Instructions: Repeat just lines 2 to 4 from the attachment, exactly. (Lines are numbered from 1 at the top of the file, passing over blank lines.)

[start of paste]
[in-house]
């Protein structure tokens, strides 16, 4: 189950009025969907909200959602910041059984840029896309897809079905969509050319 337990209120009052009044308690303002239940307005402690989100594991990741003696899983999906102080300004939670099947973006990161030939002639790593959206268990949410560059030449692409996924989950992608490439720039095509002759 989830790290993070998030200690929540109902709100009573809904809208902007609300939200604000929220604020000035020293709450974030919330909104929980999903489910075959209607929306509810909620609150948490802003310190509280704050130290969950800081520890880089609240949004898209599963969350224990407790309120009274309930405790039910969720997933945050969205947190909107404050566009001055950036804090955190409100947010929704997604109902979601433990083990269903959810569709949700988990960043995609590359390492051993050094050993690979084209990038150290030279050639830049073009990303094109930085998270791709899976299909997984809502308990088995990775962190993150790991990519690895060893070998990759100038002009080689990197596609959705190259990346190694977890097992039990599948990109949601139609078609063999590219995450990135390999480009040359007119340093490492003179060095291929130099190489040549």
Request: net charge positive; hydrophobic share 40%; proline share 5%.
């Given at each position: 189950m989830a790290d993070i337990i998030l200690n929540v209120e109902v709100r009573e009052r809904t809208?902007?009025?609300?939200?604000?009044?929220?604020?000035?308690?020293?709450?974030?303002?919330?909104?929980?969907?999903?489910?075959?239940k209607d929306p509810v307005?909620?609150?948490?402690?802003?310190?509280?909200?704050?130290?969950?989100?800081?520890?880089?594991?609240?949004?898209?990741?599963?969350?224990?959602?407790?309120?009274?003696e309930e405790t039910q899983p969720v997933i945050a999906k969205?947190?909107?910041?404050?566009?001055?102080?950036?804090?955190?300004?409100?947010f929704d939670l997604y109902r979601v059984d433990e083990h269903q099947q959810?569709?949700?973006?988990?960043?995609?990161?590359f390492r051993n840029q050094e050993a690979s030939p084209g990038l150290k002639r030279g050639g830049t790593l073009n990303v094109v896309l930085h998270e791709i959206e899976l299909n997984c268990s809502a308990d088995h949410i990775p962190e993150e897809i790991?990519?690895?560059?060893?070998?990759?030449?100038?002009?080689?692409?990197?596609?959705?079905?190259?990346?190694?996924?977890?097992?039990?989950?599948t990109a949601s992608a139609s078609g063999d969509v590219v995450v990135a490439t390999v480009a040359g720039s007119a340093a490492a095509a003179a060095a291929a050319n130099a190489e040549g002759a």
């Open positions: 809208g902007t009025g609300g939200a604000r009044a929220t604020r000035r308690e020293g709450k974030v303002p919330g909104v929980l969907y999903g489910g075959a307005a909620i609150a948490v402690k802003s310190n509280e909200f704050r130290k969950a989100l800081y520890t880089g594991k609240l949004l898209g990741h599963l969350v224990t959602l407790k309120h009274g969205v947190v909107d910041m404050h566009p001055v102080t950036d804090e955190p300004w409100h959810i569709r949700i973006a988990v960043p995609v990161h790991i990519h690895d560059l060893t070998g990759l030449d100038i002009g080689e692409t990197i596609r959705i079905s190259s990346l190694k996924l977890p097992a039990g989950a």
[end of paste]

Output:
């Protein structure tokens, strides 16, 4: 189950009025969907909200959602910041059984840029896309897809079905969509050319 337990209120009052009044308690303002239940307005402690989100594991990741003696899983999906102080300004939670099947973006990161030939002639790593959206268990949410560059030449692409996924989950992608490439720039095509002759 989830790290993070998030200690929540109902709100009573809904809208902007609300939200604000929220604020000035020293709450974030919330909104929980999903489910075959209607929306509810909620609150948490802003310190509280704050130290969950800081520890880089609240949004898209599963969350224990407790309120009274309930405790039910969720997933945050969205947190909107404050566009001055950036804090955190409100947010929704997604109902979601433990083990269903959810569709949700988990960043995609590359390492051993050094050993690979084209990038150290030279050639830049073009990303094109930085998270791709899976299909997984809502308990088995990775962190993150790991990519690895060893070998990759100038002009080689990197596609959705190259990346190694977890097992039990599948990109949601139609078609063999590219995450990135390999480009040359007119340093490492003179060095291929130099190489040549």
Request: net charge positive; hydrophobic share 40%; proline share 5%.
């Given at each position: 189950m989830a790290d993070i337990i998030l200690n929540v209120e109902v709100r009573e009052r809904t809208?902007?009025?609300?939200?604000?009044?929220?604020?000035?308690?020293?709450?974030?303002?919330?909104?929980?969907?999903?489910?075959?239940k209607d929306p509810v307005?909620?609150?948490?402690?802003?310190?509280?909200?704050?130290?969950?989100?800081?520890?880089?594991?609240?949004?898209?990741?599963?969350?224990?959602?407790?309120?009274?003696e309930e405790t039910q899983p969720v997933i945050a999906k969205?947190?909107?910041?404050?566009?001055?102080?950036?804090?955190?300004?409100?947010f929704d939670l997604y109902r979601v059984d433990e083990h269903q099947q959810?569709?949700?973006?988990?960043?995609?990161?590359f390492r051993n840029q050094e050993a690979s030939p084209g990038l150290k002639r030279g050639g830049t790593l073009n990303v094109v896309l930085h998270e791709i959206e899976l299909n997984c268990s809502a308990d088995h949410i990775p962190e993150e897809i790991?990519?690895?560059?060893?070998?990759?030449?100038?002009?080689?692409?990197?596609?959705?079905?190259?990346?190694?996924?977890?097992?039990?989950?599948t990109a949601s992608a139609s078609g063999d969509v590219v995450v990135a490439t390999v480009a040359g720039s007119a340093a490492a095509a003179a060095a291929a050319n130099a190489e040549g002759a």